“Yeah, that sounds bad.” I was only mildly sympathetic. Generally it wasn’t a good idea to get involved in how other people ran their countries, even when they were doing it badly. Especially when they were doing it badly.

“Well, we can’t just go running in there and expect it to work. Before we do anything, we need some degree of legitimacy, so Cheya has a proposal for Shayma. Just, before we pitched it I wanted to make sure you didn’t have any objections to subjugating Orrelin.”

“You know, if it was just expansion I probably would, but it’s definitely a threat now in a way a real country isn’t.”

“A real country,” Iniri repeated, shaking her head with amusement.

“Yeah, it was weird to begin with and now it’s just a mess.”

“True enough.” Iniri chuckled. “Well, the thing is, Cheya knows at least in general where one of the royal family is. The Princep’s son. He’s still a child, eight years old, but the best actual claimant to the throne. Also in hiding from the Inquisition.”

“How does Cheya know that but didn’t know about the terrorists?” I wasn’t mad, just curious.

“I’m not fully certain how all her Skills work, but it’s a lot easier to track specific people than just look for trouble in general. She started keeping tabs on the Orrelin family after your visit.”

“Ahhh. So, the idea is rescue him. And then what?”

“Betroth him to a Tarnil noble and put a regent of my choice in place. Keep him safe, have him assert his rights as the princeps futurum, and work from there to bring everyone under control.” Iniri shrugged. “We’ll start out with making Orrelin a protectorate, rather than trying to make it part of Tarnil. With the Bargain in place and the way they’ve been told outsiders are bad, it’s better to remain remote for now.”

“Okay that’s a lot smarter than I was thinking.” I was anticipating needing to perform direct support of Tarnil’s forces, maybe throw up a country-wide [Lost Woods] or something, but it sounded like the plan was something rather less drastic. “I bet Shayma will have a blast.”

“I admit the thought did occur to me,” Iniri said with a smile. “Then you agree?”

“Oh, sure. I mean, obviously something had to be done and you know how to best do it. We can get Shayma in here and explain while I guess I’ll go see about eating Orrelin.” Iniri laughed at the last comment.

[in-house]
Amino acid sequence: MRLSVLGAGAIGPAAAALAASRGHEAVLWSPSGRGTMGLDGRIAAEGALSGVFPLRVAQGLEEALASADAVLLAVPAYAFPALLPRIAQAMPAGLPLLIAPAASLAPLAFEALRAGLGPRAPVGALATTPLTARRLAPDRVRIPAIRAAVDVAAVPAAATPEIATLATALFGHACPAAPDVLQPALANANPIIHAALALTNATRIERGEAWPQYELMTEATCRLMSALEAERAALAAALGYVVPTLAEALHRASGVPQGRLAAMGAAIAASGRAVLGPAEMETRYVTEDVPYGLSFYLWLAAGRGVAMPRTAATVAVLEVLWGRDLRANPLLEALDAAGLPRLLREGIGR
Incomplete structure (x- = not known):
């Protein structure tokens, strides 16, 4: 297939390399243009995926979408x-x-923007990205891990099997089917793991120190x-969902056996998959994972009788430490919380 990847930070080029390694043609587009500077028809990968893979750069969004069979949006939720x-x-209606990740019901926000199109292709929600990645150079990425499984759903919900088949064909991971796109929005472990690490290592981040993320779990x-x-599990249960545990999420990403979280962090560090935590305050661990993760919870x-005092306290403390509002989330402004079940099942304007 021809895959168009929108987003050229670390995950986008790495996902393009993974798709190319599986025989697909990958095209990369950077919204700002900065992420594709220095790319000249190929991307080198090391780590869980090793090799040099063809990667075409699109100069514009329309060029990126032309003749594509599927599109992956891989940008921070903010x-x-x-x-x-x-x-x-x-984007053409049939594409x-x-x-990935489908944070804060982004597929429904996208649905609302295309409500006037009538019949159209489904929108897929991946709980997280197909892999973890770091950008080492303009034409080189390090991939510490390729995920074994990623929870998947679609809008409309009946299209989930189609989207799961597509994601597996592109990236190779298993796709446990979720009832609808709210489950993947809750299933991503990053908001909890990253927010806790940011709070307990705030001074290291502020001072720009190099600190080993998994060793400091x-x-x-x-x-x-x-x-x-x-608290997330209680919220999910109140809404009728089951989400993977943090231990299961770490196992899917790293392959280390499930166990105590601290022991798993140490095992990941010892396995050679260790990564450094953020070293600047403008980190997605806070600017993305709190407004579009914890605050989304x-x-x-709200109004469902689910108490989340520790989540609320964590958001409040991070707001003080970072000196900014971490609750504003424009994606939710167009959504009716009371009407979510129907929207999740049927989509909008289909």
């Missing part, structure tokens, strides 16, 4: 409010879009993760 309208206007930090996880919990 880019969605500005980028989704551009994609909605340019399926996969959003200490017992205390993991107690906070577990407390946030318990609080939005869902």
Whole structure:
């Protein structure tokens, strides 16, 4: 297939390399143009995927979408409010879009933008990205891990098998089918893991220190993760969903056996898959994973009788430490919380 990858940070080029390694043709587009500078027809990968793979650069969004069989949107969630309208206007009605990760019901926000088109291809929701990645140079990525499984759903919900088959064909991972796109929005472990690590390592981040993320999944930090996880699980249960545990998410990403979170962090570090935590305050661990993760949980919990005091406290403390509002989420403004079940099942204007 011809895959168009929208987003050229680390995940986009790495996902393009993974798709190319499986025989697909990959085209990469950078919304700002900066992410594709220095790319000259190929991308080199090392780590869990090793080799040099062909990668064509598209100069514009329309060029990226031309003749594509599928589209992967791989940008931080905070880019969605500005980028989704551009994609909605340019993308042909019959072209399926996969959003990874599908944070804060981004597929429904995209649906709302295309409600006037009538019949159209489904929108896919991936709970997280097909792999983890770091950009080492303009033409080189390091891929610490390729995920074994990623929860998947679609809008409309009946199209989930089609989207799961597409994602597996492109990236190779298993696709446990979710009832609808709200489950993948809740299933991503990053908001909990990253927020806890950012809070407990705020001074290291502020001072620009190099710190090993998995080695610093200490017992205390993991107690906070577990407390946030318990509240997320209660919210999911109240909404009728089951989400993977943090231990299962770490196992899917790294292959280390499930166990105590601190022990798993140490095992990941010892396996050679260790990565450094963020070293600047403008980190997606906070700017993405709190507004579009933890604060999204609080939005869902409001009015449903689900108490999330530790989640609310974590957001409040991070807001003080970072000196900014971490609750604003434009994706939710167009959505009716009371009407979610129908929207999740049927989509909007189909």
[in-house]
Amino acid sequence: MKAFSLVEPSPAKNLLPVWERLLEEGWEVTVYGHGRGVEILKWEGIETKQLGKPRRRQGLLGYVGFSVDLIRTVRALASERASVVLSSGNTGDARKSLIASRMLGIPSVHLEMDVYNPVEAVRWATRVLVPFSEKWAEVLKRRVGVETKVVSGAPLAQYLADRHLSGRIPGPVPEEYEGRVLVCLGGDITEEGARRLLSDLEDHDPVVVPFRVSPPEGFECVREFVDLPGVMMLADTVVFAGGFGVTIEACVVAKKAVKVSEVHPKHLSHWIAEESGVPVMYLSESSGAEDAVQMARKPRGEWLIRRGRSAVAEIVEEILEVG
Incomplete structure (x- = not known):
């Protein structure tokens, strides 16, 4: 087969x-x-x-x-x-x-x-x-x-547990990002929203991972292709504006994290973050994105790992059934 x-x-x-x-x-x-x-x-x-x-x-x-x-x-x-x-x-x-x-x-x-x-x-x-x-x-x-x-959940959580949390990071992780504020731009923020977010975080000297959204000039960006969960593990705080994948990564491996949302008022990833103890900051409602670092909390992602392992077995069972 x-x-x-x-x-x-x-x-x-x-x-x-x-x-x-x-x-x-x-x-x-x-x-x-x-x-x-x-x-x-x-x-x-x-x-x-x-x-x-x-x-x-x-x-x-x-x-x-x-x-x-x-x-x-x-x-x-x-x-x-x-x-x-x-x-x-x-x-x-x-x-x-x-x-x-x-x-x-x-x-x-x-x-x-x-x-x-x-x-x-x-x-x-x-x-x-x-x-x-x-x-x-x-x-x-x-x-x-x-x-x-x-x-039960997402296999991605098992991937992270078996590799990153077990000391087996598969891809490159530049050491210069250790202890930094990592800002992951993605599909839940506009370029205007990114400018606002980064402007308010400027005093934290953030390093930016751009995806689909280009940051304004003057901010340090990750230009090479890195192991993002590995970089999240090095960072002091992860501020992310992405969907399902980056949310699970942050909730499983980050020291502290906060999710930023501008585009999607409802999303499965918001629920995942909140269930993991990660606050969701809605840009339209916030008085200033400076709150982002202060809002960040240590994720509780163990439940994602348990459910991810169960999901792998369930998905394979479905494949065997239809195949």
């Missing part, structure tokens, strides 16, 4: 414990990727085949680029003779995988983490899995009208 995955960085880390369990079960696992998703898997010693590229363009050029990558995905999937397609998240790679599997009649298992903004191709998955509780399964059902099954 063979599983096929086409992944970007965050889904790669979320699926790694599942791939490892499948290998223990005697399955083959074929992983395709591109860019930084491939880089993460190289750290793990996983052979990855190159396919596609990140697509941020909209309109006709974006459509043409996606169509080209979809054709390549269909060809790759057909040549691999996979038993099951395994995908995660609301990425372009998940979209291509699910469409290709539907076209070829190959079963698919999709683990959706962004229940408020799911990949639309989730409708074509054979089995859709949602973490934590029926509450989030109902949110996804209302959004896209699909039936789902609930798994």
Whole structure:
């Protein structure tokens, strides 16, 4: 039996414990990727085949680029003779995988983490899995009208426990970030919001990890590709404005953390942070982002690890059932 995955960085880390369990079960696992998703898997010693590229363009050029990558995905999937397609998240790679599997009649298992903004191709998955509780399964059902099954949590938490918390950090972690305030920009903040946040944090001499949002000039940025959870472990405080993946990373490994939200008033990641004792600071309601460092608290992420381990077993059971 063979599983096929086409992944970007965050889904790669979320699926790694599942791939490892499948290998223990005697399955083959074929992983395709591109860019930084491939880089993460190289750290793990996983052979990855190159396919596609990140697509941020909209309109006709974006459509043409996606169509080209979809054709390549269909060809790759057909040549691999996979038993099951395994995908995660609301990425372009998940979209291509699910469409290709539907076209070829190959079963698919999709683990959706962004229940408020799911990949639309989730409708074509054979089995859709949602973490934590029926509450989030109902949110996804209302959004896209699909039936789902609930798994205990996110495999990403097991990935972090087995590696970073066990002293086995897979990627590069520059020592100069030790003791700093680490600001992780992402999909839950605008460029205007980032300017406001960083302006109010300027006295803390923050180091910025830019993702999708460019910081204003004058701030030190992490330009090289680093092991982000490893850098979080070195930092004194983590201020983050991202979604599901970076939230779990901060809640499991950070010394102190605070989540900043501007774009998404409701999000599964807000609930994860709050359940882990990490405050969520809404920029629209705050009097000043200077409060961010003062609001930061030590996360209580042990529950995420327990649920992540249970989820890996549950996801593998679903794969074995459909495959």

“I’m not sure how you do it, but if you could focus on the capital area first and then expand outward it would probably be for the best.”

“Yeah, I can probably dig up from the Underneath.” The issue with Orrelin was the same one as with Chiuxatlan: it was just a huge amount of area. I couldn’t just hollow the place out, either, which would have been faster. In both cases I had to use [Assimilation] instead, retaining all the geography and buildings as they were instead of digesting it and remaking it as I wanted.

Not only was [Assimilation] much, much slower, but it also it took mana. Lots of mana. Enough mana that, for me to use it on the country-eating scale, I had to make additional dynamos. That was something I hadn’t done for a while, but by referring to some of the work the dragons had done in the Caldera, the new ones were far more effective than the old. Which led to me going through and finding and replacing all my old legacy dynamos with the new versions.

Some of the old dynamos were actually the originals, with the manually placed chrystheniums. Compared to what I could do now, with a bunch of supporting Climates all linked into each other, it was actually pretty laughable. I kept one just as a memento, [Relocating] it inside my mountain, but the others got the overhaul. When that was done I definitely had more mana regeneration, as if it weren’t already monstrous, but I wasn’t quite sure how much. I really wished that my overlay told me, but alas, it did not.

While I was doing all this, Shayma was chatting with Iniri and Cheya about the rescue-kidnapping, getting all the details and figuring out approaches. My part was a lot simpler, since I didn’t have to deal with people, just with stone and dirt. Maybe it was cheating a little bit to use Shayma for Tarnil’s plans, but it wasn’t me who was asking her, and anyway she seemed to really like the idea.

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A note from InadvisablyCompelled

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InadvisablyCompelled